The United States said Monday a deal was possible with Iran on its nuclear program but that an agreement had to be completed urgently as Tehran advances its capabilities, on the eve of renewed talks.
The negotiations — attended by China, France, Germany, Russia, United Kingdom, Iran and the United States — will resume in Vienna after being halted at the end of last month.
They come after parties in recent weeks cited progress in seeking to revive the 2015 accord that was supposed to prevent Iran from acquiring an atomic bomb, a goal it has always denied pursuing.
“A deal that addresses all sides’ core concerns is in sight, but if it is not reached in the coming weeks, Iran’s ongoing nuclear advances will make it impossible for us to return to the JCPOA,” a US State Department spokesperson said, referring to the 2015 framework agreement.
Parties have been negotiating in Vienna since last year with indirect US participation.
Former US president Donald Trump unilaterally withdrew from the pact in 2018 and reimposed tough economic sanctions on Iran, prompting the Islamic Republic to begin pulling back from its commitments under the deal and step up its nuclear activities.
Iranian Foreign Ministry spokesman Saeed Khatibzadeh said the answers that “the United States brings tomorrow to Vienna will determine when we can reach an agreement.”
“We have made significant progress in various areas of the Vienna negotiations” including on guarantees that Iran seeks that a new US administration would not breach the deal once again, Khatibzadeh told reporters.
Experts say the Iranians have deviated so much from the restrictions of the 2015 deal that they are only weeks away from having enough fissile material to make an atomic weapon.
According to an Israeli television report over the weekend, Israel fears that even a restored nuclear agreement may leave Iran only a few months from having sufficient fissile material for a nuclear bomb. The original deal aimed to keep Iran at least a year away from amassing enough material for a nuclear weapon.
In a briefing Monday, National Security Adviser Eyal Hulta said there is a real chance that Iran will return to a nuclear deal and that the US will lose its tools for pushing Iran into a “longer and stronger” deal.
“We must prepare for every one of the possibilities, whether there is a return to a deal or not,” he said.
At the same briefing, Prime Minister Naftali Bennett vowed Israel will maintain its freedom of action regardless if an agreement is reached or not, a day after discussing Iran’s nuclear program with US President Joe Biden.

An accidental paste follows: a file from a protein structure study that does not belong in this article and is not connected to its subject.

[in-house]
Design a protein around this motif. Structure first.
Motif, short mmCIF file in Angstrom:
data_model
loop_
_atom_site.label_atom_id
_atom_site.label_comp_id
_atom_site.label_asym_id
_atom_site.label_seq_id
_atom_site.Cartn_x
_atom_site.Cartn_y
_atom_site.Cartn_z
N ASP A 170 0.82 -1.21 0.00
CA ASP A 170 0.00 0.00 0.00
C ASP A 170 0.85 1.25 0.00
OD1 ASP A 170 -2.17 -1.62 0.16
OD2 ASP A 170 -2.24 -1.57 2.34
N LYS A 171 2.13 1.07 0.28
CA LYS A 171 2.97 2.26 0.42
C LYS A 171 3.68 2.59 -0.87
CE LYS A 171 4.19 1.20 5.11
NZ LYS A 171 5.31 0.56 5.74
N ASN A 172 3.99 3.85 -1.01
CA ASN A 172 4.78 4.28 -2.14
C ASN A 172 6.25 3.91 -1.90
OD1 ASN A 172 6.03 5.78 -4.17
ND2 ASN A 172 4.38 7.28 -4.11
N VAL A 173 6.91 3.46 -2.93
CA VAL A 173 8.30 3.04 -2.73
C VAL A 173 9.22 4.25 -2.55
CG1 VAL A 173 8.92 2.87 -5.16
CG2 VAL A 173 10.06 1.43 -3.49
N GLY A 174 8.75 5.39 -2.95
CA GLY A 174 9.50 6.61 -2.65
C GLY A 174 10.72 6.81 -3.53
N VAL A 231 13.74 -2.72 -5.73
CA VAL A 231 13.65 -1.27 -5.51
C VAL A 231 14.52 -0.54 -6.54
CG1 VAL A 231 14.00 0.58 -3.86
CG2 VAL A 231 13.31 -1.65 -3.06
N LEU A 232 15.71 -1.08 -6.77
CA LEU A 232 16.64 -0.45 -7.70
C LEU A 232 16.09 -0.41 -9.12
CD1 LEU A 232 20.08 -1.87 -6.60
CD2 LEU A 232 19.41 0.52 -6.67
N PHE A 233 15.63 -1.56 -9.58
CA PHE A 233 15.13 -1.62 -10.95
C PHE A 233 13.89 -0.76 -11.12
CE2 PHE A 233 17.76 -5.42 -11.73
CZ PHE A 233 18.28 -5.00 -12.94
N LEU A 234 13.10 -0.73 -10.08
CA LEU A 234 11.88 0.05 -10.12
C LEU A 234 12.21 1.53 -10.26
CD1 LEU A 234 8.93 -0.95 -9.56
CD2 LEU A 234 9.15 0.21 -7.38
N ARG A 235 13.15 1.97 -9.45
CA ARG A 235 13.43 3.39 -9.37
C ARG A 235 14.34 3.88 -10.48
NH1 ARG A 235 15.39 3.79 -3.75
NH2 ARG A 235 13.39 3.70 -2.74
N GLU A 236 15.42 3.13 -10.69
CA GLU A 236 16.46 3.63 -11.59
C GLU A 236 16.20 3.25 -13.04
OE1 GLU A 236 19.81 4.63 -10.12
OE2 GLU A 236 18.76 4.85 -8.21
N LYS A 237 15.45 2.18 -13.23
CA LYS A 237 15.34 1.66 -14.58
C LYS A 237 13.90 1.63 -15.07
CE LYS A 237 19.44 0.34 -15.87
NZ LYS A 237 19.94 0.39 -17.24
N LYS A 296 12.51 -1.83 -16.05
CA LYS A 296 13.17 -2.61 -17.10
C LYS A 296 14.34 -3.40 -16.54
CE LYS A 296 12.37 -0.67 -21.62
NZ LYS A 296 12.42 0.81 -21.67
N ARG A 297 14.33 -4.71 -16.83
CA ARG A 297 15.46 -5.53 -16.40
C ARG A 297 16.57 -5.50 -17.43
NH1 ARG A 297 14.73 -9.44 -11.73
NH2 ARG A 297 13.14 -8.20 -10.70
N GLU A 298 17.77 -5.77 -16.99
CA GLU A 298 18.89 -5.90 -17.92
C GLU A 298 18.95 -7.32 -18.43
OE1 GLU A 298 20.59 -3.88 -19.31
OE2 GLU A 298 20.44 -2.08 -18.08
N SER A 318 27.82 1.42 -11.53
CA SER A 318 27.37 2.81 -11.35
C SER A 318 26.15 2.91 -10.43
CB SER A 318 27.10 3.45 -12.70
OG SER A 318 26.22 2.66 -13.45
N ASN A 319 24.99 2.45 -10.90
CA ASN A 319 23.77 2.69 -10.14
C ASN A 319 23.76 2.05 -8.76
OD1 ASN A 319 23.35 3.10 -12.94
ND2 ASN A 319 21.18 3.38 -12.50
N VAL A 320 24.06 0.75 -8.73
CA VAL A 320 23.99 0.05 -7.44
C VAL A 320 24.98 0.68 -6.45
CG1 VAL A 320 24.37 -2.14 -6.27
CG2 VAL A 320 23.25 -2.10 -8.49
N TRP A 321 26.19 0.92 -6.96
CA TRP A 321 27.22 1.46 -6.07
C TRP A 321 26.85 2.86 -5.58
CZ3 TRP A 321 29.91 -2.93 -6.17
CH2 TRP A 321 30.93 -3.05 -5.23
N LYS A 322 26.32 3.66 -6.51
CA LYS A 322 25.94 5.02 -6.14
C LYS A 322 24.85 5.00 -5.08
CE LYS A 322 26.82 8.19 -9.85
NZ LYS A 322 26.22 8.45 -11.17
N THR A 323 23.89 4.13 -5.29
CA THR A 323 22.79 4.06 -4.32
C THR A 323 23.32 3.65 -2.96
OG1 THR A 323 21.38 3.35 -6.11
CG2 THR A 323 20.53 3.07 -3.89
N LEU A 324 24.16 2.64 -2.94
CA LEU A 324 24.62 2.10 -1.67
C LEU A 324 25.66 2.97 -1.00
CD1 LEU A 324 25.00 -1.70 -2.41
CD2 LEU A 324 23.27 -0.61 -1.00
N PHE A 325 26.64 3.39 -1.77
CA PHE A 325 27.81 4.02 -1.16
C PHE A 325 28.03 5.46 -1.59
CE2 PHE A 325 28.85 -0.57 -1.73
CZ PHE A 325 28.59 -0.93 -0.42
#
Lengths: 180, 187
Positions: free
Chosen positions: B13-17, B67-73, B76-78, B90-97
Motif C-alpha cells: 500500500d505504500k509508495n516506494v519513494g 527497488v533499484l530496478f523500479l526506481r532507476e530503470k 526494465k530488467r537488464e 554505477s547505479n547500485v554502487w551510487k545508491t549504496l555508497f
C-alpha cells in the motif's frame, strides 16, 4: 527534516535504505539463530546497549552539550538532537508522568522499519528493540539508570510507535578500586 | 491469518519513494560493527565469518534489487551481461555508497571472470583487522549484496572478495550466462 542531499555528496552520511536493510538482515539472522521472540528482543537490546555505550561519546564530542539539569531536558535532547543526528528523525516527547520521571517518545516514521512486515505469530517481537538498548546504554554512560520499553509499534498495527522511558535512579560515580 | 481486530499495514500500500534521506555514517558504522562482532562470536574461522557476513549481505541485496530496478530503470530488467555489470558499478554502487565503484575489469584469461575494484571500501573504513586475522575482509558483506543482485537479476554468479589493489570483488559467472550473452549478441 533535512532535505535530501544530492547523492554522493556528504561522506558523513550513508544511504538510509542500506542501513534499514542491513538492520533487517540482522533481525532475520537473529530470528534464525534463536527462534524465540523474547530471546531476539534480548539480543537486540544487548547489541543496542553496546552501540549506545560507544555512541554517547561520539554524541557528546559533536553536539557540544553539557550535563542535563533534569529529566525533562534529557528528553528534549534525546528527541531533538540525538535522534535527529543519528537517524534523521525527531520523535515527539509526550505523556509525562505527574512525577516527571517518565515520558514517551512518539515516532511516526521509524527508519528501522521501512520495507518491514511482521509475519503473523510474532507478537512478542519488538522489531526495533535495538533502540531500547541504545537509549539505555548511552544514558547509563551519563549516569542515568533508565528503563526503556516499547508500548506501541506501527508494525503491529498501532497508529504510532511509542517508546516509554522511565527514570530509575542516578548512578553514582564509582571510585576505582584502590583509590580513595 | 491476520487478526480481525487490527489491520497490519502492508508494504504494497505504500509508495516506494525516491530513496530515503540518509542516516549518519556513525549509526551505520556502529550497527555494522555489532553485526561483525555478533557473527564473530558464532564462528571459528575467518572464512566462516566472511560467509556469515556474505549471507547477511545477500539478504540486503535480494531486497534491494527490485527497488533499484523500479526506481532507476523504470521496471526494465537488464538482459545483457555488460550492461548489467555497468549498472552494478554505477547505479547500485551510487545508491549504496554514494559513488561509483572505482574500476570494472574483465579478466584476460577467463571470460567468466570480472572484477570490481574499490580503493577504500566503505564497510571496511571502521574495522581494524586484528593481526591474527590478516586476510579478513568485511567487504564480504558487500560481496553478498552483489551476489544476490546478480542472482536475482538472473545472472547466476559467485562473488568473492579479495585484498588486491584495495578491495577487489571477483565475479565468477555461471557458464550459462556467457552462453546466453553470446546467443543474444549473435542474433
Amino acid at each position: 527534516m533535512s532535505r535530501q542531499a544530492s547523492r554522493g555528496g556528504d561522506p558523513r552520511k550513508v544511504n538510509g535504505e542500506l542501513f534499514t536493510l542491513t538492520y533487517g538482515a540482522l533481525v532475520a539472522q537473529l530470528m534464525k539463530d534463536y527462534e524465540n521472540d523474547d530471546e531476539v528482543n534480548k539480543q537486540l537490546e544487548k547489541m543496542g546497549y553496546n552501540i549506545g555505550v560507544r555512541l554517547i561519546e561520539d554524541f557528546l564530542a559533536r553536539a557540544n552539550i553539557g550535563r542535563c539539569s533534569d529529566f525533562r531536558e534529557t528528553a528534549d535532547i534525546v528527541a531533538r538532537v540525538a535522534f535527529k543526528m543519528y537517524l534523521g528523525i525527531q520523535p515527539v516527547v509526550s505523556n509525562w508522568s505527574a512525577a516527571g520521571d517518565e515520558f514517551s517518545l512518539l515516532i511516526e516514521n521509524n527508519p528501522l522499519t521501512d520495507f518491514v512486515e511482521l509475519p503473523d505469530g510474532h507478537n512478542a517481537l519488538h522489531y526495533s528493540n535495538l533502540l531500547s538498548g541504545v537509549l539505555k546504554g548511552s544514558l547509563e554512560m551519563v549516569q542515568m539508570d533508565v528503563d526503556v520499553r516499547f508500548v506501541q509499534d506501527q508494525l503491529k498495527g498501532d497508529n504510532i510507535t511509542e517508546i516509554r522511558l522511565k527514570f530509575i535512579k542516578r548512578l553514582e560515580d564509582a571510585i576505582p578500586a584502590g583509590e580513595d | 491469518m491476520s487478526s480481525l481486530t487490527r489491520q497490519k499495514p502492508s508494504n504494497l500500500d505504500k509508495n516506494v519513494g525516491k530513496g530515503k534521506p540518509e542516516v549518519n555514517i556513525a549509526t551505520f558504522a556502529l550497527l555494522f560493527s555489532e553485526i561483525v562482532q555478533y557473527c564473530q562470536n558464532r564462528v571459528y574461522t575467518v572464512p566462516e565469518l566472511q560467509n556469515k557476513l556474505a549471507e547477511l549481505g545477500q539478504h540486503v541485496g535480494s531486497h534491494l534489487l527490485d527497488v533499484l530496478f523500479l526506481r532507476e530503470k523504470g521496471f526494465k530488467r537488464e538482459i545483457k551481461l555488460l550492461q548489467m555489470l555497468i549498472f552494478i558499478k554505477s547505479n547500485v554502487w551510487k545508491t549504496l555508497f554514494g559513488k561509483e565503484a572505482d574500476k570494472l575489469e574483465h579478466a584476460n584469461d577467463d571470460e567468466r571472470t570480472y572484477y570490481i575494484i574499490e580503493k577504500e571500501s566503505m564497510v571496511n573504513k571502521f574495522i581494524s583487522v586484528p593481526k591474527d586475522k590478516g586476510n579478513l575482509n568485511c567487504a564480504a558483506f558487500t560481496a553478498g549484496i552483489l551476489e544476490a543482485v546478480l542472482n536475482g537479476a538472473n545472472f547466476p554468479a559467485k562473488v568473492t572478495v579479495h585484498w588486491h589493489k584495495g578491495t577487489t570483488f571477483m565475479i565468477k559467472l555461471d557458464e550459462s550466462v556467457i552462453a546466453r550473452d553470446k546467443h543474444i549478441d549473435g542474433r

Washington has sought direct negotiations in this home stretch, but said talks remain indirect at Iran’s request.
German Chancellor Olaf Scholz called it “the decisive moment” in an interview with the Washington Post published Monday.
“We gave them a clear message that now this is the time for decisions and for progress, and not for prolonging the process,” he said. “We hope that they will use the chance.”
On Friday, Washington made a gesture by announcing it was waiving sanctions on Iran’s civil nuclear program, a technical step necessary to return to the 2015 JCPOA.
The waiver allows other countries and companies to participate in Iran’s civil nuclear program without triggering US sanctions on them, in the name of promoting safety and non-proliferation.
The move “should facilitate technical discussions necessary to support talks on JCPOA return in Vienna,” negotiators of Britain, France and Germany said in a joint statement Saturday.
For Iran, though, the move fell short.
“Real, effective and verifiable economic benefit for Iran is a necessary condition for the formation of an agreement,” Ali Shamkhani, secretary of Iran’s Supreme National Security Council, said in a tweet.
“The show of lifting sanctions is not considered a constructive effort.”
Shamkhani said Sunday that Washington and Tehran had so far failed to produce “balance” in their commitments during the Vienna talks.
“Despite limited progress in the #ViennaTalks, we are still far from achieving the necessary balance in the commitments of the parties,” he tweeted.